The Fugitive Futurist is a short, silent film made by Gaston Quiribet in 1924. The plot, such as it is, involves a mad inventor, in conversation with an uninterested stranger. The inventor has created a box that can gaze into the future. It offers up visions of London as it might one day be. Trains fly over Tower Bridge, while an airship launches from Westminster.
Although none of these visions — 100 years old — have yet come to pass, the footage of the tide lapping at the steps of the National Gallery is eerily prescient of more recent disaster scenarios caused by global warming. It also presaged the Thames flood of 1928, which killed 14 people upriver in Millbank and caused major damage to other parts of the capital.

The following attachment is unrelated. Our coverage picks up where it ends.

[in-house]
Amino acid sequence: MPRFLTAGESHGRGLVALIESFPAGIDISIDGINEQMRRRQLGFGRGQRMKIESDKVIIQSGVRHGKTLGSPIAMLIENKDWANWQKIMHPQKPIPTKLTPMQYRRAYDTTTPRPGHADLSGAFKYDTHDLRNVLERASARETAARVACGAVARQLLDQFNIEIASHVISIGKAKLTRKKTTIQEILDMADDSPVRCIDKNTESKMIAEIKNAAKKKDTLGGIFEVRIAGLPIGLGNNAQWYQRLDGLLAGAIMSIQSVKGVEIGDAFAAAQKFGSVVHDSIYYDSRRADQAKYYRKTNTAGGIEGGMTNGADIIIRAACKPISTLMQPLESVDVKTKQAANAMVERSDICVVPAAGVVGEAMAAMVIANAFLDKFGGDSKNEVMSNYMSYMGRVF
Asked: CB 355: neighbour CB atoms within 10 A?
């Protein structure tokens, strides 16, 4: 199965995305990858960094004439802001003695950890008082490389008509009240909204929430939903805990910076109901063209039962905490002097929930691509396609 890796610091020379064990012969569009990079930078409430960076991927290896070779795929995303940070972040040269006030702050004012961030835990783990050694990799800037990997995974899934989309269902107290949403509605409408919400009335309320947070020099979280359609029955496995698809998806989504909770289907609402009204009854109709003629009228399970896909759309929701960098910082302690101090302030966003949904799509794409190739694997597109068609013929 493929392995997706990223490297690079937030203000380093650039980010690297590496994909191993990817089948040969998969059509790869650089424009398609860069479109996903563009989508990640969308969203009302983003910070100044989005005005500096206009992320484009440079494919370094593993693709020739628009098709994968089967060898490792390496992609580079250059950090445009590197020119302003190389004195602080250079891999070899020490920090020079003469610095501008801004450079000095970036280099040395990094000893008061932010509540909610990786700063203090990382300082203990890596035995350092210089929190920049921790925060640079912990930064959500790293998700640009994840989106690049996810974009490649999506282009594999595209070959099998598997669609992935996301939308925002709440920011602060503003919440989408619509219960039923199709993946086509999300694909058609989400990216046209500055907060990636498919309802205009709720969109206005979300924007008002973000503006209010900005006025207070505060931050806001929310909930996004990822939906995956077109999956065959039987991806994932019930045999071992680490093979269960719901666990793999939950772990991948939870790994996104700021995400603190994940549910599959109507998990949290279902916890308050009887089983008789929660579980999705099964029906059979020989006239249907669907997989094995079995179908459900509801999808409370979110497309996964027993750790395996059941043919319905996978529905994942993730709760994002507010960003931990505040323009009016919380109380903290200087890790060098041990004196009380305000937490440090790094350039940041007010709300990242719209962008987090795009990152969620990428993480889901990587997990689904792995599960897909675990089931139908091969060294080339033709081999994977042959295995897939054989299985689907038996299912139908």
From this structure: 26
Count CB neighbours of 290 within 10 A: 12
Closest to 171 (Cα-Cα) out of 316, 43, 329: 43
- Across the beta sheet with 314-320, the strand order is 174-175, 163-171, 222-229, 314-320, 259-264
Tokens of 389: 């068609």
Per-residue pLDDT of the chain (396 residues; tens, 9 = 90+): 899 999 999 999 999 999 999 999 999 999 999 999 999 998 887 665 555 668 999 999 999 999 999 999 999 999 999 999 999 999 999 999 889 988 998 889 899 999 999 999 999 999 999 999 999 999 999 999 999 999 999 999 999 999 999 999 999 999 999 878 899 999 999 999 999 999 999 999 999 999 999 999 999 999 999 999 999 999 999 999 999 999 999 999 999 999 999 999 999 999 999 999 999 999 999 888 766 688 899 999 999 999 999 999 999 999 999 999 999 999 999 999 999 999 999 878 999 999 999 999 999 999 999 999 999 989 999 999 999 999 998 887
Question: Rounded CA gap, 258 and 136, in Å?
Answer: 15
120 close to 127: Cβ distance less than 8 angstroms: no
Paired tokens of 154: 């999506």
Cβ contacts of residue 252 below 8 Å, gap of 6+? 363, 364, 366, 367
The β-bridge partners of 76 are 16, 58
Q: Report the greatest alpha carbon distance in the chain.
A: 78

The film has been online for a while, but it's interesting enough to warrant a reshowing, for those who've yet to see it. Donated from the BFI, it forms part of the London Screen Archive, a fascinating and growing collection of short films about the capital.